A Answers (3)
Temporomandibular disorder (TMD), a problem of the jaw joints and facial muscles, is a common condition, usually affecting people between the ages of 20 and 40. TMD is often a physical reaction to stress and anxiety, and occurs more often in women than in men. TMD can affect the ability to move your head, chew, and swallow, and can be painful and persistent.
American Dental Association answered
If you have frequent headaches, earaches, tender jaw muscles, dull, aching facial pain or feel like your jaw locks or strays to one side when you open your mouth, you could be suffering from TMD. These aches and pains may be related to jaw joint, called the temporomandibular joint or TMJ, and the muscles that work to move the joint. These painful conditions are called TMD for temporomandibular disorders.
TMD can have many different signs and symptoms that range in severity. Some patients may experience symptoms without any apparent loss of function. To determine how best to treat your condition, a thorough evaluation is recommended. Your dentist may check the joints and muscles for tenderness, clicking, popping or difficulty moving. Your complete medical history may be reviewed, so it's important to keep your dental records up-to-date. Your dentist may take x-rays and may make a model of your teeth to see how your bite fits together. Your dentist may also request specialized x-rays for the TM joints.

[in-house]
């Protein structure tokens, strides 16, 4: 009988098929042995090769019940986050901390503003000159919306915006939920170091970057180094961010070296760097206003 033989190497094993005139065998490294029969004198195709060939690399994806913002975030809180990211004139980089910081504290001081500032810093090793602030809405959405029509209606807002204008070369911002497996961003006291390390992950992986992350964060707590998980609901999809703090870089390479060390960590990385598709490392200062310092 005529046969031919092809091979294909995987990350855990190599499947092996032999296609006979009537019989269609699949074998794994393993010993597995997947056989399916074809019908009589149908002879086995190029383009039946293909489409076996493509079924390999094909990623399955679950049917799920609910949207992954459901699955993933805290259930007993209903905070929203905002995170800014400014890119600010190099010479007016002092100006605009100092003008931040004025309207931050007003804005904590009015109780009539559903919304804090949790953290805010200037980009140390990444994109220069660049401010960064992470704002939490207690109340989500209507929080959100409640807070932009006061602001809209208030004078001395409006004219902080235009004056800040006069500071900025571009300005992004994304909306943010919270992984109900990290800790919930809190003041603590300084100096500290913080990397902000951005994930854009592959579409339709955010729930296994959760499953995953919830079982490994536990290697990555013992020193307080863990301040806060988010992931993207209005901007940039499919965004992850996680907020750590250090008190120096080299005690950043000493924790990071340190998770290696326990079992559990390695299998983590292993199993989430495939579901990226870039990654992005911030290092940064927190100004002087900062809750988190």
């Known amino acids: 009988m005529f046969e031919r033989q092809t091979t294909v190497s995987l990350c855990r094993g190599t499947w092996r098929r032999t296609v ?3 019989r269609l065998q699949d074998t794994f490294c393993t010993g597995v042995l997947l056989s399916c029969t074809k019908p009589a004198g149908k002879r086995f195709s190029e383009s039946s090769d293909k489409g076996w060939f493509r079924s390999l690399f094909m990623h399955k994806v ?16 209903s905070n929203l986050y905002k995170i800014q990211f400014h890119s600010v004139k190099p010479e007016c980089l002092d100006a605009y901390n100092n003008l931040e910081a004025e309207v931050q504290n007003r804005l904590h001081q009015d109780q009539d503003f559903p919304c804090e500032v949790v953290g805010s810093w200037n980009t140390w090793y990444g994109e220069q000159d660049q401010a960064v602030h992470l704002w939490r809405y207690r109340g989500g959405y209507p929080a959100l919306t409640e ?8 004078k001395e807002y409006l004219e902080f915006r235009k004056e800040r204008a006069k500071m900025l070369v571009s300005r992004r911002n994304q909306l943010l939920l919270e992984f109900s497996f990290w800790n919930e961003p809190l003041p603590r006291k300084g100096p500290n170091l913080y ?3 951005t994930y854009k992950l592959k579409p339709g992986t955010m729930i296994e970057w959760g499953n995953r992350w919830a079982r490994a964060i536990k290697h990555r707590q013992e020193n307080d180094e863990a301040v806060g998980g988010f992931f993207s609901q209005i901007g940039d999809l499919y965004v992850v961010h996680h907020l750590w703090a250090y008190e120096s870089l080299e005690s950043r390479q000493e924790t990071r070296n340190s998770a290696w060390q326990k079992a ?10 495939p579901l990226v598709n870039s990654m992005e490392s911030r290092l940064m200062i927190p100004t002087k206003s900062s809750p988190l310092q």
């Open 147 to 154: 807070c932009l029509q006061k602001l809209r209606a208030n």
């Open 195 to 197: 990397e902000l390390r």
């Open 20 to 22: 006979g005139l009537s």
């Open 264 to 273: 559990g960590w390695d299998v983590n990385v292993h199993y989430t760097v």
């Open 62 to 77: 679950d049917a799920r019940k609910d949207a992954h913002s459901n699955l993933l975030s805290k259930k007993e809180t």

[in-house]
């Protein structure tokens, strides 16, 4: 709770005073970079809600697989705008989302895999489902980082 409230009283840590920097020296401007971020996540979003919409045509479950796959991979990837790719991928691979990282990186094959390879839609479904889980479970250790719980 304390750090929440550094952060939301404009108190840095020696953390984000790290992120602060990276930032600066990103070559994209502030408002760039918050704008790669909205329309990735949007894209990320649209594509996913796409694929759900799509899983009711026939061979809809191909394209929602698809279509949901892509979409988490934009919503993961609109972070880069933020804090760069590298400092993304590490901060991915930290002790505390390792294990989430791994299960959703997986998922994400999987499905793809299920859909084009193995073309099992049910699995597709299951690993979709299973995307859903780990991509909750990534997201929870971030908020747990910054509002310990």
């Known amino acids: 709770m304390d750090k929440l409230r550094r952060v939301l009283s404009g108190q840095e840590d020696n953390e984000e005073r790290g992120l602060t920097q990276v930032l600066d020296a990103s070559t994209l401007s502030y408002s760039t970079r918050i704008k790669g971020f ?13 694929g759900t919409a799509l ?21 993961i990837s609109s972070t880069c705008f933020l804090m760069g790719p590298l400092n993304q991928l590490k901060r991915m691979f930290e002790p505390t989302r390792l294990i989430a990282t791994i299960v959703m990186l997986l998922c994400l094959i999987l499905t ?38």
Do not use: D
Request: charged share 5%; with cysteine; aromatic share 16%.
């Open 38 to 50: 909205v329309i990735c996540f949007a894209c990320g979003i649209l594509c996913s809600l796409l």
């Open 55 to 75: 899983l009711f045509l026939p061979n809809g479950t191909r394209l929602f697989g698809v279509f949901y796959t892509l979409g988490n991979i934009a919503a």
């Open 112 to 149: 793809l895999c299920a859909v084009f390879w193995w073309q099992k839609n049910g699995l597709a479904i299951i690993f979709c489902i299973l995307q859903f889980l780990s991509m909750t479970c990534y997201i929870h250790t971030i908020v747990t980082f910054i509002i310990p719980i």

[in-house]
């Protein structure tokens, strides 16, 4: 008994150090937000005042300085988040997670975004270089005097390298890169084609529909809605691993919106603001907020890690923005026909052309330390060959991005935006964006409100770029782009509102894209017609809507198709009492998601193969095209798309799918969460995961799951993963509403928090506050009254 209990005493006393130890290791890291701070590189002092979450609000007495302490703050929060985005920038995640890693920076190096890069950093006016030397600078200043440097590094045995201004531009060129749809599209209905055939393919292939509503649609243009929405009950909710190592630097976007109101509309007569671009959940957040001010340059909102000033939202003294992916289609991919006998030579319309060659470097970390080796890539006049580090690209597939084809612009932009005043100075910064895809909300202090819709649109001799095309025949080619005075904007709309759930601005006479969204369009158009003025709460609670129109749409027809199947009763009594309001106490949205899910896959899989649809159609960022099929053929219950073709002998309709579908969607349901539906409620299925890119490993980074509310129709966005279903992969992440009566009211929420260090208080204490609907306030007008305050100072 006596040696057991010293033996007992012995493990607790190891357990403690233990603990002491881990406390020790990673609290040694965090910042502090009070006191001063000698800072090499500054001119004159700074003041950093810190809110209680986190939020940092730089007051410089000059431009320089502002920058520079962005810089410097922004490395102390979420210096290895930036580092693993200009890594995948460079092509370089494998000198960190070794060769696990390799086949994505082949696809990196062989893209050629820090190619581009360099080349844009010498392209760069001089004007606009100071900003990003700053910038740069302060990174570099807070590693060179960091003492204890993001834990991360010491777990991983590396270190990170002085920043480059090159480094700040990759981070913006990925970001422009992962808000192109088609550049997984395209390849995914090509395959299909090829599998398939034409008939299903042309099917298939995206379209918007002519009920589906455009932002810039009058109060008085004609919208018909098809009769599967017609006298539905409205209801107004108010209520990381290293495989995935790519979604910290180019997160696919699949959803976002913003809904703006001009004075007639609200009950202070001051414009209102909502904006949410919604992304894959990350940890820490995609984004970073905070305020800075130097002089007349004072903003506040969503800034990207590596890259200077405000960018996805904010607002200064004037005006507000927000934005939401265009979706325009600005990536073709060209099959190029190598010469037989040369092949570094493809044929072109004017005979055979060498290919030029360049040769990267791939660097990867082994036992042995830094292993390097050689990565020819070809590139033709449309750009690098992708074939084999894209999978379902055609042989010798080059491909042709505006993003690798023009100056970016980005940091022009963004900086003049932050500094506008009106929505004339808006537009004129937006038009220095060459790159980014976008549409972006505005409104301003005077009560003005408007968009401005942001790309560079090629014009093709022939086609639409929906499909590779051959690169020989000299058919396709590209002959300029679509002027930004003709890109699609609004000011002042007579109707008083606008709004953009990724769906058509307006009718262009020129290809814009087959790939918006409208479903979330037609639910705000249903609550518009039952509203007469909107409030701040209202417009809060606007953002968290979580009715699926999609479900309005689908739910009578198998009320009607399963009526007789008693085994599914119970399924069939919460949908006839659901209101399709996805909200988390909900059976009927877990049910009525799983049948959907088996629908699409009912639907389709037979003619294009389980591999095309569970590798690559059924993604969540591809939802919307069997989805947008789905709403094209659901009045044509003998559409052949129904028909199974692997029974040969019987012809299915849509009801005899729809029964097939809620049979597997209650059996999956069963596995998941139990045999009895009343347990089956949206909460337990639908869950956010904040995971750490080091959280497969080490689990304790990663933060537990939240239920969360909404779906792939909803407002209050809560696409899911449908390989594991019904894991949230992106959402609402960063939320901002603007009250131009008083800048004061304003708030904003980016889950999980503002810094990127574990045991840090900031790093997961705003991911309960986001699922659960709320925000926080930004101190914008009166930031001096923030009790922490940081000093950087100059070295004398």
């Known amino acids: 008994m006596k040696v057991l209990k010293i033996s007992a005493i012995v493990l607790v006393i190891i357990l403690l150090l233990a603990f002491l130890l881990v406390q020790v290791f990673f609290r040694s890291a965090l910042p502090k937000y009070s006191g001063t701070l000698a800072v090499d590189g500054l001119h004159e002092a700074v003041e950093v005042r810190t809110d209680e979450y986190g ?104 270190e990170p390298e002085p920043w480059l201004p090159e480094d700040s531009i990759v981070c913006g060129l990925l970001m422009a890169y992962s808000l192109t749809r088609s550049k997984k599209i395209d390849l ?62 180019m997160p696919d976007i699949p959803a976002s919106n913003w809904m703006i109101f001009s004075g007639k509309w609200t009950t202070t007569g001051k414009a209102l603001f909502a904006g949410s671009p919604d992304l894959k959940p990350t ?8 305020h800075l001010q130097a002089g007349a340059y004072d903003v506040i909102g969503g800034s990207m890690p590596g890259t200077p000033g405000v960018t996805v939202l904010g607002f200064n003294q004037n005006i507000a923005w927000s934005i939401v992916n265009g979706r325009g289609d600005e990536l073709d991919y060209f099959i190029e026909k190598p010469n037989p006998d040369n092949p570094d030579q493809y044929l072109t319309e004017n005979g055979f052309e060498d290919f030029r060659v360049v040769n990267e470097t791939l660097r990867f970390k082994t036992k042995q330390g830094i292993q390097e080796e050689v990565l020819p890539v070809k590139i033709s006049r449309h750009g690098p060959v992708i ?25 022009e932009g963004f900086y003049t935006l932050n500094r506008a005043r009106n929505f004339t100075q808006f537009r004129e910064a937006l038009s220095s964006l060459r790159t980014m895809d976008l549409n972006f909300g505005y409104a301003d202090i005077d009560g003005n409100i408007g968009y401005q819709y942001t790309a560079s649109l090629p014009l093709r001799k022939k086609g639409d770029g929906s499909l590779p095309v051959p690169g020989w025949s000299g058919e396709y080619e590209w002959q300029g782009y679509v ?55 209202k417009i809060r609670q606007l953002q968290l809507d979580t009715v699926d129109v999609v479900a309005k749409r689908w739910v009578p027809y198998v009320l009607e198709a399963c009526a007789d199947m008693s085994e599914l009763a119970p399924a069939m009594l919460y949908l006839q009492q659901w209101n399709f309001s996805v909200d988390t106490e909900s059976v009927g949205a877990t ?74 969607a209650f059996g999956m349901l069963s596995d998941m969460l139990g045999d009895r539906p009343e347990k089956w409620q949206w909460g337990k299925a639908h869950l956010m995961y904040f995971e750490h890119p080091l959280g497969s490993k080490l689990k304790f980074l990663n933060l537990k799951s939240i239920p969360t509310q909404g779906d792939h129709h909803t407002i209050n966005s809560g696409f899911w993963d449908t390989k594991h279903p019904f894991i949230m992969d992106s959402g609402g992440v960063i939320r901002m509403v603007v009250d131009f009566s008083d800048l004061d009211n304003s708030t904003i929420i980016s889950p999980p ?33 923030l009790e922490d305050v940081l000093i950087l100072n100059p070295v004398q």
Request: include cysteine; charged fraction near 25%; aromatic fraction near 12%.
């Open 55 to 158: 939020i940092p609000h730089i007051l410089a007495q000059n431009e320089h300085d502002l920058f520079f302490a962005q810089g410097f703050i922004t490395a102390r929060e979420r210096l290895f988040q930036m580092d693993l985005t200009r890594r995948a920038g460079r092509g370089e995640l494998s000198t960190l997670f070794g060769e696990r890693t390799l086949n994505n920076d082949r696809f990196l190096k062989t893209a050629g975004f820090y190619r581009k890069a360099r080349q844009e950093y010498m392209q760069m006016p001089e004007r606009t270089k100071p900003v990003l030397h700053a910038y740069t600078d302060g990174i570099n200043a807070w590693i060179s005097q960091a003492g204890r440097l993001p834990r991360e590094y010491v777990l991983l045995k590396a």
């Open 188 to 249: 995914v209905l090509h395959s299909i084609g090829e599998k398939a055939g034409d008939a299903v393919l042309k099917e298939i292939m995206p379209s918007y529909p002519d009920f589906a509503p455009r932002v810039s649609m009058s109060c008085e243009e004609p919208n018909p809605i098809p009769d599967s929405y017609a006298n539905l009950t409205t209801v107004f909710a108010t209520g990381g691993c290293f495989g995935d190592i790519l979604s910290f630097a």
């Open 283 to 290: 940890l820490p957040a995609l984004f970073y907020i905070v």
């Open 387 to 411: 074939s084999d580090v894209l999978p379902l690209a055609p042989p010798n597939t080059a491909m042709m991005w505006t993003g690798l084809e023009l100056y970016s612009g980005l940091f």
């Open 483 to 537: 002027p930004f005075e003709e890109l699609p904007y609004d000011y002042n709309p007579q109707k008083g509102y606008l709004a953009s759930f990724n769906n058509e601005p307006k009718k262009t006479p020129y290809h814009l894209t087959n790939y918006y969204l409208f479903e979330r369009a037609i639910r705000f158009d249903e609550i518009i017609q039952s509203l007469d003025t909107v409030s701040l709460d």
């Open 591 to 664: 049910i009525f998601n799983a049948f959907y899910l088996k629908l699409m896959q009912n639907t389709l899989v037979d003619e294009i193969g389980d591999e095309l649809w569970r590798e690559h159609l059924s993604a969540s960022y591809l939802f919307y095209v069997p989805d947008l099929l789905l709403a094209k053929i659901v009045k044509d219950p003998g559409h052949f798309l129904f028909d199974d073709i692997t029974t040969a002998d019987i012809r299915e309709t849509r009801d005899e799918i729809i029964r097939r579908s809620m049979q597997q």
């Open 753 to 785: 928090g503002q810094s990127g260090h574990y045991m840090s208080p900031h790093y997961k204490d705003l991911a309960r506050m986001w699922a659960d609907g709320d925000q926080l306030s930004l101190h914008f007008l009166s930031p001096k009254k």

Honor Society of Nursing (STTI) answered
Temporomandibular disorders are quite common. It is estimated that more than 10 million people suffer from TMD. In fact, as many as 70 percent of people exhibit some sign of TMD during a dental visit; however, of that group, only 25 percent express having the symptoms that accompany TMD. Even fewer, only five percent, find it necessary to seek medical treatment for those symptoms.